Here it is, the latest nostalgia ploy for the Tsum Tsum generation

One of my favorite things to see compared are Funko POP! figures (of the United States) with Good Smile’s Nendoroids (of Japan). The two are at once comparable—both being a popular series of uniformly designed figures—but also incomparable. POP!s are chibi (small), cheap, and most of all: ugly. While Nendoroids are also chibi, a bit more pricey, and most of all: actually really cute. When put side by side, the cuter figure is always clear. I’ve always taken it as a sign that my fellow Americans don’t know what cute means. But with World of Final Fantasy, the latest JRPG clout…


Karma. Incarnation 1 doesn’t hold back on the psychedelia

In AuraLab’s Karma. Incarnation 1, I’m controlling Pip. Or rather, I’m directing Pip along his journey. Pip is a worm-like creature, but he wasn’t always that way. Once upon a time, he was merely a lost soul. After his lover gets captured by an elusive Unknown Evil, Pip ventures off alone into a surreal world to get her back. But then he’s reincarnated accidentally as a worm, not a dragon as originally planned. And now here we are, Pip and I, bargaining with a dancing creature to trade a flower lei for the snowflake-encrusted light bulb I need that’s hanging on…

Mafia III

Mafia III is a big “f*ck you” to its predecessors

There’s an attractive quality to the crime stories of the first two Mafia games. Two protagonists down on their luck—Tommy Angelo in the first and Vito Scaletta in the second—find success through a life of crime, wanting nothing more than to rise through the ranks, to be wealthy, to be a “Made Man.” Mafia III doesn’t care for that. Were it a different Mafia game, you may look at Mafia III’s Sal Marcano as a father figure, assisting your transition to the Italian mafia. Sal’s son, Georgi Marcano, might be your best friend, your confidant. In a different Mafia game, you’d be…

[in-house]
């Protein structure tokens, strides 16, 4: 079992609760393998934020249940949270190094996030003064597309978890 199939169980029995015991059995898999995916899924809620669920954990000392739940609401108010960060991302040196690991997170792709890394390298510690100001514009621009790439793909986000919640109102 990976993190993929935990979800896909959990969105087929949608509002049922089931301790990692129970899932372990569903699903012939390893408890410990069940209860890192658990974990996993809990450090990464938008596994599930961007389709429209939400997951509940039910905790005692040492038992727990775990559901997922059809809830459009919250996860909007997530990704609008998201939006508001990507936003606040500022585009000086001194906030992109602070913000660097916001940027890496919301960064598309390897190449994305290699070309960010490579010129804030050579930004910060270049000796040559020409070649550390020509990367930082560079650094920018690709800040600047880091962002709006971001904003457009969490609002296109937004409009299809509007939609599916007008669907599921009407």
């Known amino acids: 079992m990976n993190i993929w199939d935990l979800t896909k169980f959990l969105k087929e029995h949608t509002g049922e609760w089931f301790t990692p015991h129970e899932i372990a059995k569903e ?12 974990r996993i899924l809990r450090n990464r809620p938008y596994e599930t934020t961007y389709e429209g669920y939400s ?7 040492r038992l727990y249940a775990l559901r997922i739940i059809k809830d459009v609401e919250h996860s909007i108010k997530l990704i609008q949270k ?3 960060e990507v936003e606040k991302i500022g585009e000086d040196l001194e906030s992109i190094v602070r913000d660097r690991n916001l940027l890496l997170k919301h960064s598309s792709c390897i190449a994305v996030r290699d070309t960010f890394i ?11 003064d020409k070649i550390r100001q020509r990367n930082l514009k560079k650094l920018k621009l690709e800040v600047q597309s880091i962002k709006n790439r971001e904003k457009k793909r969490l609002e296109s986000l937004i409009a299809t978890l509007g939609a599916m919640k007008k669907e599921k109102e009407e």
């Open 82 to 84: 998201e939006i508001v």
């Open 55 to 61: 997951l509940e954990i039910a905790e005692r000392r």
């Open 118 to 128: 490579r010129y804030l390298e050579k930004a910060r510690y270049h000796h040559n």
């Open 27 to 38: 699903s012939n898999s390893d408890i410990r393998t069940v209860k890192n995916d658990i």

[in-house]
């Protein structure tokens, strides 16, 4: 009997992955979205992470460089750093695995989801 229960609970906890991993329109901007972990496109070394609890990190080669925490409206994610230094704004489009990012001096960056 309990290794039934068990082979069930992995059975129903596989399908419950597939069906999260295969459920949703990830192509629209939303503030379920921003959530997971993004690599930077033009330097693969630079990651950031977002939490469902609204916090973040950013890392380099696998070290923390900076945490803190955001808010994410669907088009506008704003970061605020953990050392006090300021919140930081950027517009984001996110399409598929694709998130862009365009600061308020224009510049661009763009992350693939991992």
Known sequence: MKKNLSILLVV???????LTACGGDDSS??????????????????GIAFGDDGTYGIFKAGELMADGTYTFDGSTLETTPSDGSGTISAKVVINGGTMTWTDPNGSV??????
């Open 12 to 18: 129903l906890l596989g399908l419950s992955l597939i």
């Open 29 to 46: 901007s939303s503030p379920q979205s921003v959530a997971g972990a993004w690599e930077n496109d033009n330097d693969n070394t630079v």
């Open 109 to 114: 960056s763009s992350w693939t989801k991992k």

Slayer Shock is the videogame equivalent of a vampire B-movie

Slayer Shock is an effort to make a tense, smart vampire survival game, but it ends up feeling more like a B-movie version of a classic genre. It’s not offensively bad or anything like that—it has a worse fate. It is bland. In the wake of a vampire epidemic, Slayer Shock tasks you with wandering a procedural Nebraskan town, completing tasks such as going on patrol or killing elders. As you walk around exorcising vampires, you can collect “vampire dust” that can be exchanged for weapons or abilities. You can sneak through tall grass, surprising enemies or come at them head-on and…

Honey Rose

Honey Rose is the most relatable schoolgirl luchador out there

I relate a lot to Honey Rose. Or, at least I did back when I was a scrappy university student. While Honey moonlights as a masked luchador fighter in addition to being a college student by day, I juggled school, a job to pay the bills, and a far more time-consuming job that paid zero bills (campus publication editor gigs will do that to you). Like Honey, not everything went right. Sometimes I did poorly on tests because a deadline was approaching for the magazine I was art director for. Other times I’d slack off in one of those two,…


Clustertruck is an absolutely truckin’ wild time

Even the best poker players are playing a game of chance. That’s exactly how it feels to play Landfall Games’ upcoming Clustertruck. No matter how good I thought I was getting at it, no matter how well I had done in the prior level, something unexpected would come along and put me in my place. Part Hotline Miami (2012), part The Floor is Lava, Clustertruck’s objective is deceptively simple: jump from moving semi truck to semi truck until you reach the goal. Fall on the ground, though, and you have to start over. Easy, right? No. The second you take…